Item 5 of the peace deal agenda presented particular challenges, as FARC initially insisted on the idea of collective, rather than individual, responsibility for crimes committed during the protracted civil war. It was possible to reach an agreement relying on the idea of ‘justice for all’ rather than ‘justice for FARC’, meaning that all parties to the conflict, including the army, which holds prominent position in Colombian governing circles, agreed to submit themselves to the jurisdiction of a future tribunal. As a result, the peace deal envisages the creation of a holistic justice system aimed at unifying Colombia’s scattered transitional justice landscape. The emphasis is not so much on retribution but rather on establishing the truth about the past, creating mechanisms for reparations for victims and guarantees of non-repetition. The El Sistema law brings this system to life by approving the creation of its various components: the Truth Commission, the Unit for the Search of Missing Persons, the Special Jurisdiction for Peace (SJP), and other measures aimed at reparation and non-repetition.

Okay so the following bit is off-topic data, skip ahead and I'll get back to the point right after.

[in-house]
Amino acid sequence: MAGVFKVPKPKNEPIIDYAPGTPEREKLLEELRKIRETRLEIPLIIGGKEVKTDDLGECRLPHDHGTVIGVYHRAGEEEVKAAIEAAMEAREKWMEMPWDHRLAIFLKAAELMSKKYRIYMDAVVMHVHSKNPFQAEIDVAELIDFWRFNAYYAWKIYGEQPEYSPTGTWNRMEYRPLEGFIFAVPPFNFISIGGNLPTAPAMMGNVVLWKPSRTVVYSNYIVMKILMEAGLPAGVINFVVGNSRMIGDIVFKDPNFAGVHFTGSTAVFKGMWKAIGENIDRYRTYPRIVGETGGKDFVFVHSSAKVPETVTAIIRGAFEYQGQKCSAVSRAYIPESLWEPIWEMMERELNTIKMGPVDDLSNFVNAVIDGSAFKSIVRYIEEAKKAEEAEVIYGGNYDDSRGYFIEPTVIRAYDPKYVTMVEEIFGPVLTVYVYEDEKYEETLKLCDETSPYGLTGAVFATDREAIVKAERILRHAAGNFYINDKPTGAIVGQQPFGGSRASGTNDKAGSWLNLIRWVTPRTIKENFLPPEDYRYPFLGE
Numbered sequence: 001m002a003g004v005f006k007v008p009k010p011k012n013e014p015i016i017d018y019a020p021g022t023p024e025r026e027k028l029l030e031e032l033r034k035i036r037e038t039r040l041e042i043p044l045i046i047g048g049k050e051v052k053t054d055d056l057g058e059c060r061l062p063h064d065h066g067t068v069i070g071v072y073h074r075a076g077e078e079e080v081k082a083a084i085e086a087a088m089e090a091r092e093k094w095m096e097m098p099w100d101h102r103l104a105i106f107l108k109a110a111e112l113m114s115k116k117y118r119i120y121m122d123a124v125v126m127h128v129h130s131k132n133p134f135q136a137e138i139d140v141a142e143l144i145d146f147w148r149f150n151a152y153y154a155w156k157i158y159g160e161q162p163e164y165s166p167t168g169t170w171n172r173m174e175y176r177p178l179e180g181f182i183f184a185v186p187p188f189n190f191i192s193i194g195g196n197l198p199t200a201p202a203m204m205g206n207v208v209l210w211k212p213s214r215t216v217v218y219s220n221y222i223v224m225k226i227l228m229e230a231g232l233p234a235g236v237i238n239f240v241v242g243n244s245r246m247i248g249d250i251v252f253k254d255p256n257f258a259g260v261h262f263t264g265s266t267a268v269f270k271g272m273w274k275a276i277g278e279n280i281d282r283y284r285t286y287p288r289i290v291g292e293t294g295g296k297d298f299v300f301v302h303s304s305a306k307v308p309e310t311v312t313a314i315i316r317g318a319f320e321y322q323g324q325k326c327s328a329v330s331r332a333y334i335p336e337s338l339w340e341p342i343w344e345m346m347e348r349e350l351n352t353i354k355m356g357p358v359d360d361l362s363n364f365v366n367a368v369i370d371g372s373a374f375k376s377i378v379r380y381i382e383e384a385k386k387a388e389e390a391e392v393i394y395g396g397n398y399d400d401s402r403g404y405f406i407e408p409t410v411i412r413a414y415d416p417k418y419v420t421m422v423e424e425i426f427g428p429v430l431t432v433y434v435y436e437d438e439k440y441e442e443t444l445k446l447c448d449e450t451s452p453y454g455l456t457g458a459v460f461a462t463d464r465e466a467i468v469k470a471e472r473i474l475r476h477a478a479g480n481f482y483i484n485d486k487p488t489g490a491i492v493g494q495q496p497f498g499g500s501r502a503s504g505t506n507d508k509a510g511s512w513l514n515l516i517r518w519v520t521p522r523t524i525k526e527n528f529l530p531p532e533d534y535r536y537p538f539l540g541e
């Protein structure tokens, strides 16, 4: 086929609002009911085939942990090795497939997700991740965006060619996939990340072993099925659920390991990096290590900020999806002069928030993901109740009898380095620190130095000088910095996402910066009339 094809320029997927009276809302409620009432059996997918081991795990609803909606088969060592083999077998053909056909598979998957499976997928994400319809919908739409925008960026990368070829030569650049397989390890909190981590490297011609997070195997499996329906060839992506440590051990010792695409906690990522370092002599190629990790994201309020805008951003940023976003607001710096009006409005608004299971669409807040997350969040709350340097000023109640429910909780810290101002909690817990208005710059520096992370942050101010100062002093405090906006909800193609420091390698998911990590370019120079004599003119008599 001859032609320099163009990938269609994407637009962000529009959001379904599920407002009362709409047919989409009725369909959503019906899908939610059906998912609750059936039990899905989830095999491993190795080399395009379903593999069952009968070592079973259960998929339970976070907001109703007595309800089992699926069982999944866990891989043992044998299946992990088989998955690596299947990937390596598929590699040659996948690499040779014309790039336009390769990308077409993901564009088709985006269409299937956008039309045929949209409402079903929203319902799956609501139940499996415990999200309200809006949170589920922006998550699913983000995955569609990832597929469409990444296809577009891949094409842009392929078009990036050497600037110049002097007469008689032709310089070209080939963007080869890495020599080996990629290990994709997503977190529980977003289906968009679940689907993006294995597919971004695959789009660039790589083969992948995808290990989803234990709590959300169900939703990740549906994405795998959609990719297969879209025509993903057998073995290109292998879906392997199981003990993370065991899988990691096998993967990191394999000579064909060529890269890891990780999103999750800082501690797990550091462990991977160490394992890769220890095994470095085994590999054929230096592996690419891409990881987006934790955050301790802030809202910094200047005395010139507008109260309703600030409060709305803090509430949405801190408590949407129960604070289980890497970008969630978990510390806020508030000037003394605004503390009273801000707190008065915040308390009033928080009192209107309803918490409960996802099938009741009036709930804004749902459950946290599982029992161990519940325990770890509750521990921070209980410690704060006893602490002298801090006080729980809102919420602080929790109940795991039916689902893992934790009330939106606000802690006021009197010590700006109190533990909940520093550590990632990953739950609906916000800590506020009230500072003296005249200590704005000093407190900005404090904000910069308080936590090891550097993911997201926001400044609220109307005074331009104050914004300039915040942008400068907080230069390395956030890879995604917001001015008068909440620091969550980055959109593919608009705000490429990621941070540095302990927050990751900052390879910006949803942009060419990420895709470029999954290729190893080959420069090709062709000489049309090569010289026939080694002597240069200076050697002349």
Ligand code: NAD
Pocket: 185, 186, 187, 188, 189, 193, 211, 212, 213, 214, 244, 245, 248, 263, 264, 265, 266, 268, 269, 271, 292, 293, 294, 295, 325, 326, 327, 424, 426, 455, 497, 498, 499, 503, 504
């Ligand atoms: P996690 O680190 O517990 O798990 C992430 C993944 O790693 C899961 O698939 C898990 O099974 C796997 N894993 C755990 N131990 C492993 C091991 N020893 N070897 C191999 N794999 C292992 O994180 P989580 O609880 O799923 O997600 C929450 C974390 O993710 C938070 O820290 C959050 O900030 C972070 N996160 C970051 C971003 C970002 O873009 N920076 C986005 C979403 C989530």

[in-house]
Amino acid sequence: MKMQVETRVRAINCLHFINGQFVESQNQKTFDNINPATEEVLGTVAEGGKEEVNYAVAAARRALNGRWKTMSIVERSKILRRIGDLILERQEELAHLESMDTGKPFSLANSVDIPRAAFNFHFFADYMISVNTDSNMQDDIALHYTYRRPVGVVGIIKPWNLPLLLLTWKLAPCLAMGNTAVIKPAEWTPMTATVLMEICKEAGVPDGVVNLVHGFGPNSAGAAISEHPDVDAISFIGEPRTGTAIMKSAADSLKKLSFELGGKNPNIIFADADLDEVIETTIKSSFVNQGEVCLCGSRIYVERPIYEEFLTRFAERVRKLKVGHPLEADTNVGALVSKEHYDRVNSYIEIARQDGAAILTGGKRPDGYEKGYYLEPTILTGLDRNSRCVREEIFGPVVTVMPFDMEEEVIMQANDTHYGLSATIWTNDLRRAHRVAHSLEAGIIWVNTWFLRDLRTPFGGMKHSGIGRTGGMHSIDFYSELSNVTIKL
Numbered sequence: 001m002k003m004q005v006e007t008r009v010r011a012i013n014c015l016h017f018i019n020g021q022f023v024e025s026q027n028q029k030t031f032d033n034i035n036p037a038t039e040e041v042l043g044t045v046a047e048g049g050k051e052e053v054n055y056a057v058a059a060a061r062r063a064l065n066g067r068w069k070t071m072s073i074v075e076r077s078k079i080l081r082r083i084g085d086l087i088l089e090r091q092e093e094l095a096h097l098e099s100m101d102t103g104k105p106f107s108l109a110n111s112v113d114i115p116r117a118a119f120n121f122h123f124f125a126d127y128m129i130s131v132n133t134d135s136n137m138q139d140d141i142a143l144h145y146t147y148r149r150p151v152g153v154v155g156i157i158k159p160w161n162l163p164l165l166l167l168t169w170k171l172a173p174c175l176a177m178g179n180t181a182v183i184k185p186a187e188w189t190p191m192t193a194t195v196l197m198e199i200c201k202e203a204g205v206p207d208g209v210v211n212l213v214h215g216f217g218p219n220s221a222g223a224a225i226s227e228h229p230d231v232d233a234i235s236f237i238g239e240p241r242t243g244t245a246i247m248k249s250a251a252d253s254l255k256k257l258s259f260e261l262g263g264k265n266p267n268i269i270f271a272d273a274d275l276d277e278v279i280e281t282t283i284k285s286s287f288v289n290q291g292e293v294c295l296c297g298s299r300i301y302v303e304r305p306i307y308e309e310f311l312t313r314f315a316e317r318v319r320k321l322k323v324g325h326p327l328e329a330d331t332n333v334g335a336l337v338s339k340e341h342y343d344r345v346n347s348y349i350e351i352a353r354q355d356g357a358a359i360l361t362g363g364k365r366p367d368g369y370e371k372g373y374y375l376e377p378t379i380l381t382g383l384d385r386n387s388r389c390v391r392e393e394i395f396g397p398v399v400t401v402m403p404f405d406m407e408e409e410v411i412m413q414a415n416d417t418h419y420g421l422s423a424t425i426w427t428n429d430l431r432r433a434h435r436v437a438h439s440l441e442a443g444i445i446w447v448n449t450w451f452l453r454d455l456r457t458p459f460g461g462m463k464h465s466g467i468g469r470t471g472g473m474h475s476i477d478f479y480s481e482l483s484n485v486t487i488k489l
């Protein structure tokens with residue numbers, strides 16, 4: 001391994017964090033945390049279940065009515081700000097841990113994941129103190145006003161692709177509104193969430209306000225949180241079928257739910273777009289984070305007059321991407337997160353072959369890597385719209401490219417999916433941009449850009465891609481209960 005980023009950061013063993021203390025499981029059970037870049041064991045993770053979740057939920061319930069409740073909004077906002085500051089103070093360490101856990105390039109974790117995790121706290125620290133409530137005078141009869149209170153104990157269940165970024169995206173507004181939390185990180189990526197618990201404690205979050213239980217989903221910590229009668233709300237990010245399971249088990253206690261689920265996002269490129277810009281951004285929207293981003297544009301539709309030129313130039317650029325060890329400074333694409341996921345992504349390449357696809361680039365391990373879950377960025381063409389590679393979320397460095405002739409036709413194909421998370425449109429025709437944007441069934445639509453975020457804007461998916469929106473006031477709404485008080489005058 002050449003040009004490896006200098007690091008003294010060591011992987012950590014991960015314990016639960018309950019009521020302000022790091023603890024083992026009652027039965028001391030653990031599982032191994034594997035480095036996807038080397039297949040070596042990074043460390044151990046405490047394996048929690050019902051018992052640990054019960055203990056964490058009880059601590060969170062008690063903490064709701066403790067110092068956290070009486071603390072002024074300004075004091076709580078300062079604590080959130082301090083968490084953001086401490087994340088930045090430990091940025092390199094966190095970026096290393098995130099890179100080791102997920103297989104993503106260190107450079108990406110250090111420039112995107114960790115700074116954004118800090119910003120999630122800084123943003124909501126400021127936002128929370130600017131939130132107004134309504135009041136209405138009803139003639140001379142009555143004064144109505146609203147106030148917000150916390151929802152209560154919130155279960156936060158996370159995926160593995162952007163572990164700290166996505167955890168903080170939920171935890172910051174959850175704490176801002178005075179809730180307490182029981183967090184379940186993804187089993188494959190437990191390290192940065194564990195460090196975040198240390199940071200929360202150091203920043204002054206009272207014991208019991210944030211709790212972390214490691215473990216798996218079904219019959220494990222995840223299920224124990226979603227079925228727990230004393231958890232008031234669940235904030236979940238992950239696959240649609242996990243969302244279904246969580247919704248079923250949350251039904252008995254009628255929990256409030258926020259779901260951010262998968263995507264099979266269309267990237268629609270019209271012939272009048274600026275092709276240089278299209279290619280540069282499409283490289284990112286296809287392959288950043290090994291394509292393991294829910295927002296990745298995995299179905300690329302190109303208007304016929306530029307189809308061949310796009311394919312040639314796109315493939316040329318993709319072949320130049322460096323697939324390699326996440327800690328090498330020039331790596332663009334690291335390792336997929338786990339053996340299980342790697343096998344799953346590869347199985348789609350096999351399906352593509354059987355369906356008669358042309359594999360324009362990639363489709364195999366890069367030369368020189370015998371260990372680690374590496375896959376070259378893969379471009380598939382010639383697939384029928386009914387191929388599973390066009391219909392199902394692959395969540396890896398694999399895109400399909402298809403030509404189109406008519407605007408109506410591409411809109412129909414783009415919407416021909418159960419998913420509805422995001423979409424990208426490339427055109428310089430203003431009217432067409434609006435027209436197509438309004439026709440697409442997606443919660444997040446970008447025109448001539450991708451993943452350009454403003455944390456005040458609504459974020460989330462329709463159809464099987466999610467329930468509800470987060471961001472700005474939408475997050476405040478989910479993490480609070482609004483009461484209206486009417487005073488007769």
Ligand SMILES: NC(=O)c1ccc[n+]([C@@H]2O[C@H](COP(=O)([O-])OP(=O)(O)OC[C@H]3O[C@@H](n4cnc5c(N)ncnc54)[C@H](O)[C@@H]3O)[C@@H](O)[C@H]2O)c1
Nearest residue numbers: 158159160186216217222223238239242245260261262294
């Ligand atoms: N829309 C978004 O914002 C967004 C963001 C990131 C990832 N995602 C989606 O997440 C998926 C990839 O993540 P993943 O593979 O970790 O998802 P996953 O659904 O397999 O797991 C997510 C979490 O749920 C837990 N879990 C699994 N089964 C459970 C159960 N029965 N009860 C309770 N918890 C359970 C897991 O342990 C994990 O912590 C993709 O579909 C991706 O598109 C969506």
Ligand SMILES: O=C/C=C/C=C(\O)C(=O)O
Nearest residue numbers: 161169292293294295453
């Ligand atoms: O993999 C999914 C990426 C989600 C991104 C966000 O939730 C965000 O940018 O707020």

The El Sistema law makes it clear that the system incorporates both restorative and retributive aspects as it seeks to achieve justice not only through penalties but also through repairing damage caused to victims affected by the conflict (Article 13). This is both innovative and controversial. In practice, such ‘dual’ focus of the system entails at least three consequences.

First, the SJP – the judicial system that will have primary jurisdiction over all cases arising out of the conflict – will have to adopt a policy of prioritization in its work. It is logistically impossible to prosecute all those responsible within the limited timeframe allotted to the SJP, which the law sets at ten years with a five-year extension period (Article 15). The Office of the Prosecutor, presently tasked with collecting all the relevant material to pass on to the SJP, is working on grouping potential cases with reference to their gravity and symbolic value. The first level of prioritization will happen on the basis of the types of crimes. There are currently seven themes singled out for further prosecution at the SJP: sexual violence, false positives (killings of civilians by the army with the purpose of falsely presenting them as guerilla fighters), enforced disappearances, mass murders, displacements, recruitment of children, and environmental crimes.